The newest in television ultra-high definition screens will be on display, however analysts predicted them to land in the market with a thud alike to that made by 3-D televisions.

“Your television gets a zillion more pixels, but most people won’t be able to notice the difference,” Gillett said, though DuBravac expects scores of Ultra HD television announcements at CES.

UItra HD television is made to benefit from ease of use of rich content at online venues lnaming Netflix, YouTube as well as from major film studios.

The global market for technology hit a record high of $1.068 trillion in 2013 powered by uptake in smartphones and tablets, according to Steve Koenig, director of industry analysis at the Consumer Electronics Association.

He predicts that the amount would fall a little this year and level off at $1.055 trillion.

“North America is no longer in the lead in terms of technology spending,” Koenig said.

“The spending coming on line in Asia has sealed the deal in terms of leadership and America will have to settle for number two. Simply put, there is strength in numbers in China.”

Astonishingly, 43 cents of every dollar spent on consumer electronics this year was forecasted to go on smartphones and tablets.

“We are now awaiting that next wave of innovation, and that is really what CES is all about,” Koenig added.

Take pictures using Google Glass without anyone knowing

Soon everyone would be wearing glasses while surfing the net, check messages, and pretend we work at Google.

But still others are anxious that the glasses present too much opportunity to photograph or film people sneakily.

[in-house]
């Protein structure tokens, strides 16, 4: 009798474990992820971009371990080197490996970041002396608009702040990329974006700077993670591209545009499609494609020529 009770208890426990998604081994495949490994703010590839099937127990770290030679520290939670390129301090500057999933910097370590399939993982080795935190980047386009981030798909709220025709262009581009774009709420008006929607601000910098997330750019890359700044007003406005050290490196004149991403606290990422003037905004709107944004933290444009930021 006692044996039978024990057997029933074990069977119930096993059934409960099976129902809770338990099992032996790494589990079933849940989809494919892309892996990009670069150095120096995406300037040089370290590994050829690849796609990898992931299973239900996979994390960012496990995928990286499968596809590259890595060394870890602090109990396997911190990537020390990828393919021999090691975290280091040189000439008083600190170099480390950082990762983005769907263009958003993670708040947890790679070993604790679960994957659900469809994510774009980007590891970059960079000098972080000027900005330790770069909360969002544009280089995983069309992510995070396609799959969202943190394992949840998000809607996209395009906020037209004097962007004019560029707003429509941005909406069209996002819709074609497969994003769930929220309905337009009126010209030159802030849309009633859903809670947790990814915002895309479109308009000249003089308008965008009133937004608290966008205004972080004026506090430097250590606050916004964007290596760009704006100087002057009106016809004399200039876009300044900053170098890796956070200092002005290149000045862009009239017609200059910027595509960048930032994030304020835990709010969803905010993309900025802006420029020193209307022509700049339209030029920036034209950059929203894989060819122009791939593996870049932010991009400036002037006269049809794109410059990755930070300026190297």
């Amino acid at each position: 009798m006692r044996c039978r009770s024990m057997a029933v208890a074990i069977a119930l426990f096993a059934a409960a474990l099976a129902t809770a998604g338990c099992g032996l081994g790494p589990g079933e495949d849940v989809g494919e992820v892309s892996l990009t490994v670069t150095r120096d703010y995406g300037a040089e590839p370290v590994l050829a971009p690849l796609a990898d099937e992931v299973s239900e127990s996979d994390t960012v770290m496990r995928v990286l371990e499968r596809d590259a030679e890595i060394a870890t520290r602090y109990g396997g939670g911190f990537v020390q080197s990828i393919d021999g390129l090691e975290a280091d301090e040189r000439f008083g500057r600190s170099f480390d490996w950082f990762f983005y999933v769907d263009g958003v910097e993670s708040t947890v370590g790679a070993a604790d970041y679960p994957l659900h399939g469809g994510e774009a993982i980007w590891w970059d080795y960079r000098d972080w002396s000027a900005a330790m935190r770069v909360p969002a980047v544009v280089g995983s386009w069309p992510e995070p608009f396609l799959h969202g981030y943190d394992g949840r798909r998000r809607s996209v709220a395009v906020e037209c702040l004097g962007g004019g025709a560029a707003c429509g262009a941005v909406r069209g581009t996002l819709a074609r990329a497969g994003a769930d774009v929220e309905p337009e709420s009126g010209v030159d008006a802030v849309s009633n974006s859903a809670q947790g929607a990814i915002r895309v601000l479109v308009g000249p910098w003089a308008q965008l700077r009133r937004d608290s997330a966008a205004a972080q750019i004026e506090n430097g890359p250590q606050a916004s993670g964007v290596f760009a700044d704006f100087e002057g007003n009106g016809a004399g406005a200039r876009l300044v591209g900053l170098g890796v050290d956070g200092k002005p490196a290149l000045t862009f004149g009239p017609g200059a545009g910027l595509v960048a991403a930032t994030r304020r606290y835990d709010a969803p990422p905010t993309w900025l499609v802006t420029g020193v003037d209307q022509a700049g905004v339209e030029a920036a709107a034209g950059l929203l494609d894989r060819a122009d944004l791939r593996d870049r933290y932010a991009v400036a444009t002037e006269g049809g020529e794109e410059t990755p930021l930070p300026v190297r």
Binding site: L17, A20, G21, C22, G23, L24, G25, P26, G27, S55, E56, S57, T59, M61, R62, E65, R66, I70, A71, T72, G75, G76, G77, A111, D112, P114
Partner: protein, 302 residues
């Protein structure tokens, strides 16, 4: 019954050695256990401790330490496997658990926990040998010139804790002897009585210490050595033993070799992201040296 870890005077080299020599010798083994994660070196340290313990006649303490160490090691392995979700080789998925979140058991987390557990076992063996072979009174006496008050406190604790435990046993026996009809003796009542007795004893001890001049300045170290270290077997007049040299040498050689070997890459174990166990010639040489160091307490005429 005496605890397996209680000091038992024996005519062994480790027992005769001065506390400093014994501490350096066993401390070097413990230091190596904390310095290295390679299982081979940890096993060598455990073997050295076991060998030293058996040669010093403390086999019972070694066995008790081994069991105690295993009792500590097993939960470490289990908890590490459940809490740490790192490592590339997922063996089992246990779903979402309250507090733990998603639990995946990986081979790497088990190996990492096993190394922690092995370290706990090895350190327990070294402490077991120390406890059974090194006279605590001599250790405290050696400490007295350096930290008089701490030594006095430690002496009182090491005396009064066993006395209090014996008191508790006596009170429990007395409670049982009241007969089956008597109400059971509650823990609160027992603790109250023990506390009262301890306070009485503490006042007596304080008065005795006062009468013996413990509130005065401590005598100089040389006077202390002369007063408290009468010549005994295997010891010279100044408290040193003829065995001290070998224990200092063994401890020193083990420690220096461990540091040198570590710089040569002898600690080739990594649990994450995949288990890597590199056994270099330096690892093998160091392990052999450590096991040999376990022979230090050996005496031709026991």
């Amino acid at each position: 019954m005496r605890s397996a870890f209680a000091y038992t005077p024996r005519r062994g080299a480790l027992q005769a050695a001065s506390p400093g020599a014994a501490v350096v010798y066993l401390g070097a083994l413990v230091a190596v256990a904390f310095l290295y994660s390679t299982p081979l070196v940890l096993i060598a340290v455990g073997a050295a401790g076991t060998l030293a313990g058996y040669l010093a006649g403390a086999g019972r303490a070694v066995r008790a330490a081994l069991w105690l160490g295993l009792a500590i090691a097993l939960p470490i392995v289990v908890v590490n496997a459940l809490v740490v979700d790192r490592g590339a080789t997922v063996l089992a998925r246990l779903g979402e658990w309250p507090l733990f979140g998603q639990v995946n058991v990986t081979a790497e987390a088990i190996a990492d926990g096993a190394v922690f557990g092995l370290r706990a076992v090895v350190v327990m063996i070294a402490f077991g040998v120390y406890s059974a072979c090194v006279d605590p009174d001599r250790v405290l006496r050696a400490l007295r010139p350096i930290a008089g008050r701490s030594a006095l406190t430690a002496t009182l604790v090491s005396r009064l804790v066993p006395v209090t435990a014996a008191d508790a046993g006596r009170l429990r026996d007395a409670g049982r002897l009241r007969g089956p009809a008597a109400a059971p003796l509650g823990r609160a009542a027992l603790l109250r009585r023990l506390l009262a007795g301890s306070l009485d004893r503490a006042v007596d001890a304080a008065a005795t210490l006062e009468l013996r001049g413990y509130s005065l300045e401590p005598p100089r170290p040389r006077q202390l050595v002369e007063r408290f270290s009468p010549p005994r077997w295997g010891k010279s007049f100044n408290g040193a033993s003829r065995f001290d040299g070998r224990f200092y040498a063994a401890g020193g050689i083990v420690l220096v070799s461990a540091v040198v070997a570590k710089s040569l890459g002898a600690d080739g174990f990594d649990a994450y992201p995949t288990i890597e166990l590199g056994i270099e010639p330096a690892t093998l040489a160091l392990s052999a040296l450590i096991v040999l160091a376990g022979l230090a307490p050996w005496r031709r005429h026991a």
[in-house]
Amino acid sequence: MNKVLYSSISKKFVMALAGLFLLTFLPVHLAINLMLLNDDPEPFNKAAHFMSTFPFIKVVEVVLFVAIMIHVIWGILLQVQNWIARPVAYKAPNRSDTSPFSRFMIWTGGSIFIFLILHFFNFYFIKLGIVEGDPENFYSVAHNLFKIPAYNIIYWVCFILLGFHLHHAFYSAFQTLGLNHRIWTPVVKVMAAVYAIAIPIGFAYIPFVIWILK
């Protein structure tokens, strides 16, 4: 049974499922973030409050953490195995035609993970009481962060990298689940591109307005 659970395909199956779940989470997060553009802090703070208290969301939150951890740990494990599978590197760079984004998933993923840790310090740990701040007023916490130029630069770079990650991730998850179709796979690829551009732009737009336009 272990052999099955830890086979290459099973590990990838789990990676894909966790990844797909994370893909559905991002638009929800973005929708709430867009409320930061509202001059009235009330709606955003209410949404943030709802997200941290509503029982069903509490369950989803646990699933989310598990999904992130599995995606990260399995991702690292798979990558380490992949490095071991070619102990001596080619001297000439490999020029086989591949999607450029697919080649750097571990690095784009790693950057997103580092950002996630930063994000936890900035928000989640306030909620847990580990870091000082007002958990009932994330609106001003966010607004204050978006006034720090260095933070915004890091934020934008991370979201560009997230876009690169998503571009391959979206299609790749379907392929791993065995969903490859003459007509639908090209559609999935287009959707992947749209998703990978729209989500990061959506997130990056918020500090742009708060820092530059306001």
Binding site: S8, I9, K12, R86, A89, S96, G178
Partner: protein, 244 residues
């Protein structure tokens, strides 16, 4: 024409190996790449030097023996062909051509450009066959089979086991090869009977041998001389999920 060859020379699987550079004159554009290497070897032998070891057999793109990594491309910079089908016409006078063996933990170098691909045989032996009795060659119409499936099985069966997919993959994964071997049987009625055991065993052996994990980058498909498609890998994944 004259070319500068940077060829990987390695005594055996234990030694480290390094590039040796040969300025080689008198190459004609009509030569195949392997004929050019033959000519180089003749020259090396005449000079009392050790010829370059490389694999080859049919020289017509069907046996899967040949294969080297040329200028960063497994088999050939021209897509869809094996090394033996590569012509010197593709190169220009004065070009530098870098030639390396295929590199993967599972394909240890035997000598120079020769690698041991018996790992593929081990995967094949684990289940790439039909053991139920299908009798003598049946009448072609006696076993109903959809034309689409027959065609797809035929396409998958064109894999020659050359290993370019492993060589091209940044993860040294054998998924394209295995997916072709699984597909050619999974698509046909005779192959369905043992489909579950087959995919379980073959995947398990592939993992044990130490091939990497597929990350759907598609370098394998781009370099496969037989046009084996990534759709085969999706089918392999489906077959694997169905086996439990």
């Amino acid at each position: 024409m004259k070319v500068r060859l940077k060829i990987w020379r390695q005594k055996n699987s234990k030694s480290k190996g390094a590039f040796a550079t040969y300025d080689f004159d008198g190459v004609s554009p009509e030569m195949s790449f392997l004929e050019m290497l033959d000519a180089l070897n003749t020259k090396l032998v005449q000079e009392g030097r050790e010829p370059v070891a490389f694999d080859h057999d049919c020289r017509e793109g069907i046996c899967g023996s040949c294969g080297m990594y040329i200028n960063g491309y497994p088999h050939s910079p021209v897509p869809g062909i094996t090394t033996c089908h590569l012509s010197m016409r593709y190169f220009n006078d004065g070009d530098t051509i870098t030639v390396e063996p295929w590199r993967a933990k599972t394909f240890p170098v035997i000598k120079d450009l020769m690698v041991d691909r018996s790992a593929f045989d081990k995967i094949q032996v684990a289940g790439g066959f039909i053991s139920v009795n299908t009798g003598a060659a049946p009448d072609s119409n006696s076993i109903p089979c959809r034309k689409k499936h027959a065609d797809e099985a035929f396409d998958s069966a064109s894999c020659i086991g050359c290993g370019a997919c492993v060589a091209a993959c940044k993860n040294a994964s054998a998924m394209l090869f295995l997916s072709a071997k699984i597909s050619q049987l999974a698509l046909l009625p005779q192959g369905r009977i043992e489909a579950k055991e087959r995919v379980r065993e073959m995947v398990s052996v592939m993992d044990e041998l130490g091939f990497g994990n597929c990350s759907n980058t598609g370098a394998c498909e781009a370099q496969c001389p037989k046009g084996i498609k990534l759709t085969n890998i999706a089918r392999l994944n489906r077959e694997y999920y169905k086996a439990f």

But according to the defenders of the Google faith point out that no, no, you can tell when the glasses are in use. There’s a light that beams to the world.

A perverse few find this unfortunate as they wanted to use this in a mischief way. They want to be cleverer than thou and more creepy than thou.

Then there is the very fine Google Glass 3D Printed Sunshade.

Chris Barrett is the inventor of this Google Glass 3D Printed Sunshade, a PR man who has made some hay by being a Google Glass explorer and, well, exploring the boundaries of life and taste.

It was he who was first to film an arrest using his new glasses. Then he was also responsible as the man who wandered into an Atlantic City casino beglassed. Bon Jovi’s keyboard player even wore Barrett’s goggles during a show as in what seemed then as the apogee of Glassing fame.

Barrett, though, was having personal issues with his eyepiece like according to him that he was having trouble seeing the graphics when it was sunny.